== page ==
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Criminals are well aware that making a phone call leaves a trace behind, which might later be used by police, and later still, in court. Therefore they will often switch phones, and preferably use more or less anonymous phones for "business". However, at the same time as they are using one phone for their work activities, they are possibly using another phone for legitimate business or for ordinary private purposes. This leads to the phenomenon called "co-location": two mobile phones apparently moving together, each separately making calls, but as if the two phones are in the same hands.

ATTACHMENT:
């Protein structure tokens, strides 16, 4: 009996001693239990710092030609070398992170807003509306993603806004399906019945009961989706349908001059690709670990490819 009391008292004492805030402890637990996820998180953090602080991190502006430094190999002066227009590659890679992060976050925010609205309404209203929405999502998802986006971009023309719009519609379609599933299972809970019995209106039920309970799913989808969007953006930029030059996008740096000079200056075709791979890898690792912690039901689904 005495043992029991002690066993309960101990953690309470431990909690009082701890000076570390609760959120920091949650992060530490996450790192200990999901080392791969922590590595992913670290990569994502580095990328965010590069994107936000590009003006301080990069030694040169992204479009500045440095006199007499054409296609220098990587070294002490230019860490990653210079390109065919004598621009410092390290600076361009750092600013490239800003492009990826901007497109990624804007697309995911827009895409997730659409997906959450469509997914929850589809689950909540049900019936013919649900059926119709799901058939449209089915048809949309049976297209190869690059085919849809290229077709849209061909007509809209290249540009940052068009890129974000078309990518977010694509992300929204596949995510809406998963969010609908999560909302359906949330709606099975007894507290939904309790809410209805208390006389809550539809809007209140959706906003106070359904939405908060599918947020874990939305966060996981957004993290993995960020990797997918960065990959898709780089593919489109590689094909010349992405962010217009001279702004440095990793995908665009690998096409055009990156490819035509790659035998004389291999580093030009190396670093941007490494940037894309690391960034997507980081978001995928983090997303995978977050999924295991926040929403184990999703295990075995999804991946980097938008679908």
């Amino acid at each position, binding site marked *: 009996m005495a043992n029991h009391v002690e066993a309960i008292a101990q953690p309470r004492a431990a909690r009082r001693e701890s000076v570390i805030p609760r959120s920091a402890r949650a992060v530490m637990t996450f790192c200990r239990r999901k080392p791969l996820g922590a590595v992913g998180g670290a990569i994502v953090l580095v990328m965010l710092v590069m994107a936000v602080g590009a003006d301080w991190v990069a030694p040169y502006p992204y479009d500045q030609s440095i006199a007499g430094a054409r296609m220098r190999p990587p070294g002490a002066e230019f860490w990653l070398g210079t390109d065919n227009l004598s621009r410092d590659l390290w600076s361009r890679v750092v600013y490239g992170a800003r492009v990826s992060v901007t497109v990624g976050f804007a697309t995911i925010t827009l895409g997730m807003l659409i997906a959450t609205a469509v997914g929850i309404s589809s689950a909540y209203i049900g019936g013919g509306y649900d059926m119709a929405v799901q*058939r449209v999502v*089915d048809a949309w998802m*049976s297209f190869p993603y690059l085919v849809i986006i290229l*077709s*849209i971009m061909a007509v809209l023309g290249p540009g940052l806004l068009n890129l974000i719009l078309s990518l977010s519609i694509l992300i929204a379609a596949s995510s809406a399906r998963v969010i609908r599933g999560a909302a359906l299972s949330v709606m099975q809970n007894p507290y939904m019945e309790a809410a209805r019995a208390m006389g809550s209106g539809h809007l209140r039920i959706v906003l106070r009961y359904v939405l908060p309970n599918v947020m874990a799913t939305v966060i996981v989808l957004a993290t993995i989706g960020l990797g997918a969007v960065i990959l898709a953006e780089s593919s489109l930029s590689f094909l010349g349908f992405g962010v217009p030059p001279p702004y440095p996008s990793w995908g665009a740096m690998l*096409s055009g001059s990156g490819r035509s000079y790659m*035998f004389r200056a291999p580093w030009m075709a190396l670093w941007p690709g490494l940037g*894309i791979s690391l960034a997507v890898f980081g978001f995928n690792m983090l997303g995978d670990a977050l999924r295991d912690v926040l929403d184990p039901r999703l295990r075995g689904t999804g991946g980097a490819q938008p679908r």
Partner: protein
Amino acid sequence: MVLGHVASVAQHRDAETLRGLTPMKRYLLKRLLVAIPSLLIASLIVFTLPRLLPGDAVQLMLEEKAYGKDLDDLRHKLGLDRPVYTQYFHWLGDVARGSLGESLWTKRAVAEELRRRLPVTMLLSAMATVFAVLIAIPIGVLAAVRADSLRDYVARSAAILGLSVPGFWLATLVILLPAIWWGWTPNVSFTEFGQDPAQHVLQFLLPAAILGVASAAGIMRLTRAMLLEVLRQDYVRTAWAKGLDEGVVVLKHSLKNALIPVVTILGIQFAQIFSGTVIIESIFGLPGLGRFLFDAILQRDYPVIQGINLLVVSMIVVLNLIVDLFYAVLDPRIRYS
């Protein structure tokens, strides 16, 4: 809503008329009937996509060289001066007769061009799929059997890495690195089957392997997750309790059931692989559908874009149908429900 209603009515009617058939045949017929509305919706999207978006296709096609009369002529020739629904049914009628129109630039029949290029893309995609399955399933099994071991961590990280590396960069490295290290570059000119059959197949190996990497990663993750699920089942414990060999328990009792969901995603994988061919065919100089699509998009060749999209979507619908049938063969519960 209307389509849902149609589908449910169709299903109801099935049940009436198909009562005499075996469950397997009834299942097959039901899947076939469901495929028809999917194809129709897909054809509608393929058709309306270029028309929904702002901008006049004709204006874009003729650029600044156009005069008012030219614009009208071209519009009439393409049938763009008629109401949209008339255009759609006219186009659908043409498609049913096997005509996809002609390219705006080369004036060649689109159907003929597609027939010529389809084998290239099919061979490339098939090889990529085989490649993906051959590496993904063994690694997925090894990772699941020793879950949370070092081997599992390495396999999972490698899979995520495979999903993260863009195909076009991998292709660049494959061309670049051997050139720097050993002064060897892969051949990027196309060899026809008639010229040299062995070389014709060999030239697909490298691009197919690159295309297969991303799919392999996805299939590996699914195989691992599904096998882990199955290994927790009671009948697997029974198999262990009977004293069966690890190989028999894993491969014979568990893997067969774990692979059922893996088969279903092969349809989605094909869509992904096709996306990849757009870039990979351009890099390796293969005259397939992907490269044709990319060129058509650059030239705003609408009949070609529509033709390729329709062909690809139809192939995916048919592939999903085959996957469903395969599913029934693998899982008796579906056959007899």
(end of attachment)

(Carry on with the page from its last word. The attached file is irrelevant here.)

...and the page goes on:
How can one find phones, and then co-locating phones, associated with some crime? Can one decide from a short history of apparent co-location whether or not the two phones were in the same hands? How strong is the weight of the evidence in discriminating between two hypotheses: the phones colocate by chance (defence hypothesis) or they colocate because they are in the same hands (prosecution hypothesis)? We have to distinguish two phases of "research": exploratory (criminal investigation) and confirmatory (criminal prosecution). I discuss the roles of statistics in these two phases of forensic statistical analysis of mobile phone co-location.